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Kybernetics of Mind and Brain.

Kybernetics of Mind and Brain. This article is only available in the PDF format. Download the PDF to view the article, as well as its associated figures and tables. Abstract If the appearance in 1948 of Norbert Wiener's "Cybernetics" was not in itself a major biologic breakthrough, it did confer a sort of ontologic and semantic validity on a concept long known to workers in nonbiologic sciences. Indeed, it helped pave the way for an interdisciplinary approach to biology long before that adjective had lost its respectability. Cybernetics—"control and communication in the animal and the machine," as Wiener would have it—concerns itself with self-regulating feedback systems. The fly-ball governor of a steam engine is a classic example of a negative feedback arrangement. So, too, is a thermostatically regulated electric oven—the hotter it gets, the less current is supplied—thus, negative feedback. And, of course, such systems are at the heart of the newer computer technology. Biologically, cybernetics constitutes an approach to understanding integrated function in living organisms—someting evident to the ancients but awaiting modern insights before earning a scientifically reputable name http://www.deepdyve.com/assets/images/DeepDyve-Logo-lg.png Archives of Internal Medicine American Medical Association

Kybernetics of Mind and Brain.

Archives of Internal Medicine , Volume 129 (6) – Jun 1, 1972

Kybernetics of Mind and Brain.

Abstract

This article is only available in the PDF format. Download the PDF to view the article, as well as its associated figures and tables. Abstract If the appearance in 1948 of Norbert Wiener's "Cybernetics" was not in itself a major biologic breakthrough, it did confer a sort of ontologic and semantic validity on a concept long known to workers in nonbiologic sciences. Indeed, it helped pave the way for an interdisciplinary approach to biology long before that adjective had lost...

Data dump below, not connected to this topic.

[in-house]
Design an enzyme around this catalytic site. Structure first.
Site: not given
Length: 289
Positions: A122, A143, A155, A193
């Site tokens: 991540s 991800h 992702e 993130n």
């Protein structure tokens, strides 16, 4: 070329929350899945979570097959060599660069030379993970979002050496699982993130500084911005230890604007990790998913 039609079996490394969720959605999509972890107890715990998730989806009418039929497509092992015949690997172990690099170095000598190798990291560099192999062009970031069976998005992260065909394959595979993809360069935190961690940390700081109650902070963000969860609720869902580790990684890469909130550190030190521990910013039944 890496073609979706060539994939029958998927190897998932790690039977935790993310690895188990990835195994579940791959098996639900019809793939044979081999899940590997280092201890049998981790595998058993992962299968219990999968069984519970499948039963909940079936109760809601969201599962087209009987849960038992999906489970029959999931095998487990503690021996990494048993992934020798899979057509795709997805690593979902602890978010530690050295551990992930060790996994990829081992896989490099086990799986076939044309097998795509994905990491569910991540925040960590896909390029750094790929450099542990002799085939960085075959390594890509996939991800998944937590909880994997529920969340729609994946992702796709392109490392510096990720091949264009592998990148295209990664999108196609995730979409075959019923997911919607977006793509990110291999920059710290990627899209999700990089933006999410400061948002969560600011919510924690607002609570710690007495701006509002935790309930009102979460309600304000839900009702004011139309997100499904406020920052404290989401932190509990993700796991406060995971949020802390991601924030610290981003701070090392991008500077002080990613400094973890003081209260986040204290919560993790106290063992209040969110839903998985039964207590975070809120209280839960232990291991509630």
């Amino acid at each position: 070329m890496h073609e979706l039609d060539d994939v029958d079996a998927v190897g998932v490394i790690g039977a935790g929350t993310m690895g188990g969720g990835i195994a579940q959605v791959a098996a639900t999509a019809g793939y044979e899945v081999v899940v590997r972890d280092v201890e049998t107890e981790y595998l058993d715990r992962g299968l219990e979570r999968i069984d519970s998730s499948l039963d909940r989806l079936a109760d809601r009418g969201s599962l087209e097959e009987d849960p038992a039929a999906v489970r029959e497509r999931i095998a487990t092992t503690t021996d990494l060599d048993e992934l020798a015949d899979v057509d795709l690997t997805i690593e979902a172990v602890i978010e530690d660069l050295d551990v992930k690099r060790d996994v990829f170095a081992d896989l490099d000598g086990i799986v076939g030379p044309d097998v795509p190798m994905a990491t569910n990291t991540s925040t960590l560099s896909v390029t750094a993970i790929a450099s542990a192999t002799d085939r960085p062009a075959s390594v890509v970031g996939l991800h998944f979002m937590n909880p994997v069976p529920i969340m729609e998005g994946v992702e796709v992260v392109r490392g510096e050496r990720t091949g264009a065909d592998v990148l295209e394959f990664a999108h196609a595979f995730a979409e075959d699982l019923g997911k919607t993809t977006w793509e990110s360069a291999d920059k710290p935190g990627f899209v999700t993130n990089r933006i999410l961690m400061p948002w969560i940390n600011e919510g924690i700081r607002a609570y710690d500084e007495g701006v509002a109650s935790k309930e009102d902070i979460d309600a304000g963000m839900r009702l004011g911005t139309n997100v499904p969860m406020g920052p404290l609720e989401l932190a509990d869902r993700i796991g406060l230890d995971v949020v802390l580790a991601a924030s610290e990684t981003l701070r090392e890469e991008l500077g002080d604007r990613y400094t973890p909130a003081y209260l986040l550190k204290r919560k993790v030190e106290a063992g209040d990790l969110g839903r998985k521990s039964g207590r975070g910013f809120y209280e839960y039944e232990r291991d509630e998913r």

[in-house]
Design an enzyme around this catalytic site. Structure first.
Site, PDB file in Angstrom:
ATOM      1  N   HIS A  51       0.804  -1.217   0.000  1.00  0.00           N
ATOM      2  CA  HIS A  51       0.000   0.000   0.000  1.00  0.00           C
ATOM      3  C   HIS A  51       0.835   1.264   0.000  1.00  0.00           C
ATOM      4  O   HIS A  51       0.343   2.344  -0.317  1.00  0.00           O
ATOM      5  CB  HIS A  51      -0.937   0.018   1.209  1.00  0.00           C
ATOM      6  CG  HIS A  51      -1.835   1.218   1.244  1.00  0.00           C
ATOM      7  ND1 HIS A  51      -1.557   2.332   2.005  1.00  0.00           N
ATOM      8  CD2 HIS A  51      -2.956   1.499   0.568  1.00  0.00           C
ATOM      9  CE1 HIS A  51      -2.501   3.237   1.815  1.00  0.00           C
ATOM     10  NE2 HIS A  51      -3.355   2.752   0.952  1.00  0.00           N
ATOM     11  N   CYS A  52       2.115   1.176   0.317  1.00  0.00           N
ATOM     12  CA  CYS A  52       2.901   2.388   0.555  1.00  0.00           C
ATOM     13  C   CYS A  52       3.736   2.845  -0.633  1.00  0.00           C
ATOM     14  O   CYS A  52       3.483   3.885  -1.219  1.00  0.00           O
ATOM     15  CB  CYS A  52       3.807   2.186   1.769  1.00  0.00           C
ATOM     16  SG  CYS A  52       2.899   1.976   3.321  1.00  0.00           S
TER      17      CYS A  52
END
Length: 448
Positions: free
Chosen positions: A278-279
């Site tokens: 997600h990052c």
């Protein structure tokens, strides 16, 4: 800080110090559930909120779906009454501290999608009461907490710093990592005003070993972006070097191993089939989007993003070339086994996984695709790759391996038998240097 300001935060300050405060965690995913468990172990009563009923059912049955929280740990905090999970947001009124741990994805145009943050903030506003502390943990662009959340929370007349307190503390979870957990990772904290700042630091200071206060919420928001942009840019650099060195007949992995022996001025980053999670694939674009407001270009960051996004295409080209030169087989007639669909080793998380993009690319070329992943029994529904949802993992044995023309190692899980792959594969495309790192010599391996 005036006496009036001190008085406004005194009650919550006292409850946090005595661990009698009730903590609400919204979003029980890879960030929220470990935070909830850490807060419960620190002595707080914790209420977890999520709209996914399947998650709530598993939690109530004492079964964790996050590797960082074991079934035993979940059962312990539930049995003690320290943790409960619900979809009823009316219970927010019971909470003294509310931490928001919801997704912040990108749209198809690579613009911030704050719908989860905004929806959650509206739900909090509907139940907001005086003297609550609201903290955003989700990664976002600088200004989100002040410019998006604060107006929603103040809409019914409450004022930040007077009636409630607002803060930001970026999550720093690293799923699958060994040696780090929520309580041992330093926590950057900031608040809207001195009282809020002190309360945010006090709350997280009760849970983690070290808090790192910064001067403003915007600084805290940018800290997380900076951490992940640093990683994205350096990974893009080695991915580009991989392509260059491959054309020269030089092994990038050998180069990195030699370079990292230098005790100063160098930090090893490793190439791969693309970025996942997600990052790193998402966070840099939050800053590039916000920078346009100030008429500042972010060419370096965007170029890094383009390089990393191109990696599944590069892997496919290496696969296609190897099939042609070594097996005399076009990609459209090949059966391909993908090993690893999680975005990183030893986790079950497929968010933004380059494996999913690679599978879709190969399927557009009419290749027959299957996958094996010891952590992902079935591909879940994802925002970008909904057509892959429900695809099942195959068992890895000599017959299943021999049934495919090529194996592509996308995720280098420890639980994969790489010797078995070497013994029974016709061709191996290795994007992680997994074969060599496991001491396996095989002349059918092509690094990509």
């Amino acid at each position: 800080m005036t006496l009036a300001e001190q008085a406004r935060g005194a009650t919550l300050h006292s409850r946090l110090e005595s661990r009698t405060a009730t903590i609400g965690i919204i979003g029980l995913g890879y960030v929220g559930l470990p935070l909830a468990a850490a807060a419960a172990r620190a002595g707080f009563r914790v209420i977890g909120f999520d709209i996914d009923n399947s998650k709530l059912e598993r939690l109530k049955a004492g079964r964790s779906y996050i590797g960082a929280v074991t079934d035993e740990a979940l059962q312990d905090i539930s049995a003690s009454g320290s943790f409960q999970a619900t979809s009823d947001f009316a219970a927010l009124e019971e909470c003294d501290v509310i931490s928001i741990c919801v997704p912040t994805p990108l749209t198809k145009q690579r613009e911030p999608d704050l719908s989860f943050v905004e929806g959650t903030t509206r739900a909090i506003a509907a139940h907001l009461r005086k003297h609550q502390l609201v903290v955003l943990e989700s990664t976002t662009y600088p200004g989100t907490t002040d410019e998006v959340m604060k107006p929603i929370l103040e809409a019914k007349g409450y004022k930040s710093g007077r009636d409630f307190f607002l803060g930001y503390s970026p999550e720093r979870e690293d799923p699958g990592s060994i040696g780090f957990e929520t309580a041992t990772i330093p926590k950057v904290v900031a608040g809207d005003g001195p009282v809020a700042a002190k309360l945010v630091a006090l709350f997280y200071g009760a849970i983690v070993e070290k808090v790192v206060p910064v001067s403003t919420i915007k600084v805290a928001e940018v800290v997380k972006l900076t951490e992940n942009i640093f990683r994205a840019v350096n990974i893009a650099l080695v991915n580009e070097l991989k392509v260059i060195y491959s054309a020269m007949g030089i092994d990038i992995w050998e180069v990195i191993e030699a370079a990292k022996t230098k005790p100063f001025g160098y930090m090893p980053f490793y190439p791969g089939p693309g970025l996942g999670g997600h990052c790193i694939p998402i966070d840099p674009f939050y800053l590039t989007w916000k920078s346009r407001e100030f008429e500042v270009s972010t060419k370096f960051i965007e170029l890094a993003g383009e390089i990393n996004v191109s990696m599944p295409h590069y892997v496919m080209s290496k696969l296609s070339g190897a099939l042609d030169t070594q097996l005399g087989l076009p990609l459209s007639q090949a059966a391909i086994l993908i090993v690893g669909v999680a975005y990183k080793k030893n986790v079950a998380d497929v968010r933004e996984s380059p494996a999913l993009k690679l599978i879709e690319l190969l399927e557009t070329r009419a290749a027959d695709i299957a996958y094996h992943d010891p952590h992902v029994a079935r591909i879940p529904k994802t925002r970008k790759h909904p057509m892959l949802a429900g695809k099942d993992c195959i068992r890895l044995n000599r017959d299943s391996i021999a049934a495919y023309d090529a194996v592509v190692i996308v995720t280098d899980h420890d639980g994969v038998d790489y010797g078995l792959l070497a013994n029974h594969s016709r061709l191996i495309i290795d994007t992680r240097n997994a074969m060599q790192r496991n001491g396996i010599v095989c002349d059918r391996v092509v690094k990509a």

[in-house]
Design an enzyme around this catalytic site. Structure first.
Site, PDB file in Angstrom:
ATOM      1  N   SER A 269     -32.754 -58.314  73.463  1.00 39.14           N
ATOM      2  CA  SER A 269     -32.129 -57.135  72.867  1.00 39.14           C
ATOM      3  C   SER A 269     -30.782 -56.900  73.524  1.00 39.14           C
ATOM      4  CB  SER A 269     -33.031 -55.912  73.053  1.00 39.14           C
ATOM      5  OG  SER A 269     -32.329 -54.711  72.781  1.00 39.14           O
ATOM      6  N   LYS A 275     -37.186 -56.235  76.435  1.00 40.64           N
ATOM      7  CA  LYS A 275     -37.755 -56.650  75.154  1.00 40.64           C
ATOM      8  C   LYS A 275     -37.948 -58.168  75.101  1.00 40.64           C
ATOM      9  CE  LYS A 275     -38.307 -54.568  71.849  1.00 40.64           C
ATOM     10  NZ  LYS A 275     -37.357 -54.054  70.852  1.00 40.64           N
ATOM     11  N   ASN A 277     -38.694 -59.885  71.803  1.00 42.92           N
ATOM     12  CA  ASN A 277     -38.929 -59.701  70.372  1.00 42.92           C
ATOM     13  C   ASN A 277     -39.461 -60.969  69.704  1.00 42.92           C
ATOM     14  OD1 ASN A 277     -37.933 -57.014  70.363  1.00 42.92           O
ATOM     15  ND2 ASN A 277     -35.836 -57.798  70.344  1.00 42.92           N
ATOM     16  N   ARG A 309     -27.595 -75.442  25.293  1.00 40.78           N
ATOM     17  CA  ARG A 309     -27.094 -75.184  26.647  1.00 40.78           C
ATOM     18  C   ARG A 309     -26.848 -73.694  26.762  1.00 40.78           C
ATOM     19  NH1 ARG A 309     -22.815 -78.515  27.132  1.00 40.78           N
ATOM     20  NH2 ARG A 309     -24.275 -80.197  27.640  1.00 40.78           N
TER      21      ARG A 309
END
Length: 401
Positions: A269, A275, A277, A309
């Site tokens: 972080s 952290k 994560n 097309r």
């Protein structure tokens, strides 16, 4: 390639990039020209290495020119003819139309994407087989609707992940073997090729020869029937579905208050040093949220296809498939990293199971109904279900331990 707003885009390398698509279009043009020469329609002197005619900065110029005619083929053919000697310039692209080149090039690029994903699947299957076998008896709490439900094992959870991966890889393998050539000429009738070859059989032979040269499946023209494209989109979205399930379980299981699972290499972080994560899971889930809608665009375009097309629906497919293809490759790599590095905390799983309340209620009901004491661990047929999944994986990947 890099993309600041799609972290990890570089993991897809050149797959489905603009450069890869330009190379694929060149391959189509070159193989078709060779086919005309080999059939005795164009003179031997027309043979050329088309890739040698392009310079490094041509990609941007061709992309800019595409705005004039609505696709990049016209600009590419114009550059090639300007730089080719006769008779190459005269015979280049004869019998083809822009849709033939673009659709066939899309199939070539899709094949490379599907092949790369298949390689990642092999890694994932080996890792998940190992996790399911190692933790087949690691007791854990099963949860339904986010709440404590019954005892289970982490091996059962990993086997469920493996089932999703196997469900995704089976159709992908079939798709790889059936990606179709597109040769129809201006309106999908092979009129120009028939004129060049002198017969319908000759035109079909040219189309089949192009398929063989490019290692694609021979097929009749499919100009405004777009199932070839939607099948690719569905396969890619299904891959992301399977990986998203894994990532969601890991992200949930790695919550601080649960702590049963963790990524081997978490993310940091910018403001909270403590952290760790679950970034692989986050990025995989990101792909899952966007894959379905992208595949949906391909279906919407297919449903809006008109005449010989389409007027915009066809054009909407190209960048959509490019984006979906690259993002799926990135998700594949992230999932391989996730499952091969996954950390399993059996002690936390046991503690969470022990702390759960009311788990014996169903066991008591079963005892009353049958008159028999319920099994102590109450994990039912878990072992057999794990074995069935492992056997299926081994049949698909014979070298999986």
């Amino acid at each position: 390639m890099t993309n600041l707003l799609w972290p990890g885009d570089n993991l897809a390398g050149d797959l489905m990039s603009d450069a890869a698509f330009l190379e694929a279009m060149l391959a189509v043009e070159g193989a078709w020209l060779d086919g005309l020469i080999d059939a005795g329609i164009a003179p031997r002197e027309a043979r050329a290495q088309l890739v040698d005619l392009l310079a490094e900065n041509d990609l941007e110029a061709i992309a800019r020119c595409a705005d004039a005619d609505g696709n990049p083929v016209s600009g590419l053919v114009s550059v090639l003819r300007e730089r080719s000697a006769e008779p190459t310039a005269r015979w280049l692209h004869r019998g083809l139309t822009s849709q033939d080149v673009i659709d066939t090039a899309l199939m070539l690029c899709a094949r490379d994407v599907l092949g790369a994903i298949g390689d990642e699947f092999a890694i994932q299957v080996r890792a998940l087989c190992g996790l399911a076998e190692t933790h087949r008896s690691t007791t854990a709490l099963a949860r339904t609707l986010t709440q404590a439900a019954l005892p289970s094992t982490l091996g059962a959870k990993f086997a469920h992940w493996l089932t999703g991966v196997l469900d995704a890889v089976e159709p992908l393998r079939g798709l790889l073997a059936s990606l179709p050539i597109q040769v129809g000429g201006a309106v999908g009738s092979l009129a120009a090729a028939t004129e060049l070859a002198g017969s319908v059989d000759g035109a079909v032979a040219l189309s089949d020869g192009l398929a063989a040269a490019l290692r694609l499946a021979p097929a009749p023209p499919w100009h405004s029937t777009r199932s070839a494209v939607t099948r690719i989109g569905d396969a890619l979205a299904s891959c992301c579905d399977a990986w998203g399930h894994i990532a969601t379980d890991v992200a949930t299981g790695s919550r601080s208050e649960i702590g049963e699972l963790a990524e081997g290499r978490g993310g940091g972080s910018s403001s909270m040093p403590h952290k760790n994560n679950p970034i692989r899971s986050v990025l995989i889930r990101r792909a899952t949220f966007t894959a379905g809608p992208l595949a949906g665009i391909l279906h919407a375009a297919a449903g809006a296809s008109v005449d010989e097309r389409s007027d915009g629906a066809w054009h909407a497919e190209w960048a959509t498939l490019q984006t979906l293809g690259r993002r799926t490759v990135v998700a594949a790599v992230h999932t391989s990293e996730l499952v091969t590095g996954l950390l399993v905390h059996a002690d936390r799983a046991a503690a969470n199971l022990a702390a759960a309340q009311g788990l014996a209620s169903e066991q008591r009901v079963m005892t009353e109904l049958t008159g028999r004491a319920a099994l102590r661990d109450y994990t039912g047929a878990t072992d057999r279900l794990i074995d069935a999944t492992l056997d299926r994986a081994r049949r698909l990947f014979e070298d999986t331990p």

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Publisher
American Medical Association
Copyright
Copyright © 1972 American Medical Association. All Rights Reserved.
ISSN
0003-9926
eISSN
1538-3679
DOI
10.1001/archinte.1972.00320060146026
Publisher site
See Article on Publisher Site

Abstract

This article is only available in the PDF format. Download the PDF to view the article, as well as its associated figures and tables. Abstract If the appearance in 1948 of Norbert Wiener's "Cybernetics" was not in itself a major biologic breakthrough, it did confer a sort of ontologic and semantic validity on a concept long known to workers in nonbiologic sciences. Indeed, it helped pave the way for an interdisciplinary approach to biology long before that adjective had lost its respectability. Cybernetics—"control and communication in the animal and the machine," as Wiener would have it—concerns itself with self-regulating feedback systems. The fly-ball governor of a steam engine is a classic example of a negative feedback arrangement. So, too, is a thermostatically regulated electric oven—the hotter it gets, the less current is supplied—thus, negative feedback. And, of course, such systems are at the heart of the newer computer technology. Biologically, cybernetics constitutes an approach to understanding integrated function in living organisms—someting evident to the ancients but awaiting modern insights before earning a scientifically reputable name

Journal

Archives of Internal MedicineAmerican Medical Association

Published: Jun 1, 1972

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